In 2022, Connected TV (CTV) viewership in the US grew to 213 million, with more than one billion hours of video content streamed every single week. With such a meteoric rise in audiences, Connected TV advertising has become the prime advertising platform for brands and agencies to connect with a growing consumer base. In fact, Adweek reported that 66% of advertisers planned to increase their CTV budgets in 2022 - a figure that is set to grow in 2023 and beyond.
But, with more ad dollars shifting to CTV, and a wide range of applications and Demand Side Platforms (DSPs) cropping up for this new marketing channel, advertisers have to be more vigilant than ever about brand safety threats on CTV content. To make sure your ads are safe from harmful and damaging content on CTV, here are some key things to consider when you choose your CTV advertising partner.
No Transparency in the CTV Landscape
Brands and marketers are struggling with a lack of transparency concerning exactly what they are buying in CTV environments. With no industry-wide safety protocols put in place, ad buyers do not always have access to which shows, episodes or content on which their CTV ads will run.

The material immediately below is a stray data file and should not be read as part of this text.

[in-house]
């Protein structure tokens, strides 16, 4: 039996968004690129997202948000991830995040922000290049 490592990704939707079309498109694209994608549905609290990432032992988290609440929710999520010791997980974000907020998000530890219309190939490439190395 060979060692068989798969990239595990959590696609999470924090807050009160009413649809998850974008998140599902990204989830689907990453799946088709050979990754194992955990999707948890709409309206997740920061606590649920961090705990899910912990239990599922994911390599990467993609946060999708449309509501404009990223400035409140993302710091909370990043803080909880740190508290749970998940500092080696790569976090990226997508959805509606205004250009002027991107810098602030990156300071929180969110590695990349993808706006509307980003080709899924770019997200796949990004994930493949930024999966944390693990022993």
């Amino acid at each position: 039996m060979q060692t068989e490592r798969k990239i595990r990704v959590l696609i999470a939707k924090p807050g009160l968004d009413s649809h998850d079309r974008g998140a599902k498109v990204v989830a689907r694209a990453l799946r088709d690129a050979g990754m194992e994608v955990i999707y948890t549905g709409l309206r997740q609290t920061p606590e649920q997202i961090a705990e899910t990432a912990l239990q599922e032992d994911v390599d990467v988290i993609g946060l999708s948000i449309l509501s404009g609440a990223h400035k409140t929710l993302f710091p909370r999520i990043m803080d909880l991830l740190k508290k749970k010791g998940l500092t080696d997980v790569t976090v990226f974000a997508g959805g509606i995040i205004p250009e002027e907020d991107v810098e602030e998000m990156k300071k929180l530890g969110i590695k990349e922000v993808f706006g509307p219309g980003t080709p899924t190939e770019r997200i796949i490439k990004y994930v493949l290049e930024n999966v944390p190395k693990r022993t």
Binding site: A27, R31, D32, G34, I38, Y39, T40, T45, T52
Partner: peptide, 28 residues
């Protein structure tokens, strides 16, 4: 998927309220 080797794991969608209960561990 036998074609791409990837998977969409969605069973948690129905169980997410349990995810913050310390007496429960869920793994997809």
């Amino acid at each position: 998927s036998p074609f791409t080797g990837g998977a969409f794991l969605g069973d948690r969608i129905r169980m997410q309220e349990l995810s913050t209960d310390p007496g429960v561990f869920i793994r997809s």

In traditional linear TV advertising, buyers have the choice to purchase ad space in particular TV shows, and with most digital advertising, buyers have the ability to analyze data from URLs to make sure their ad messaging is appearing within suitable content. But, according to Adweek, as of now, there is no publicly available URL information for CTV content that contains all the necessary information needed to deem its suitability for any buyer purchasing ad space. Instead, marketers rely on metadata which is often self-declared and not regulated. Plus, publishers are hesitant to give up valuable information about their inventory to prevent advertisers from hand-picking content which is ultimately leading to more fragmentation and confusion in the CTV space.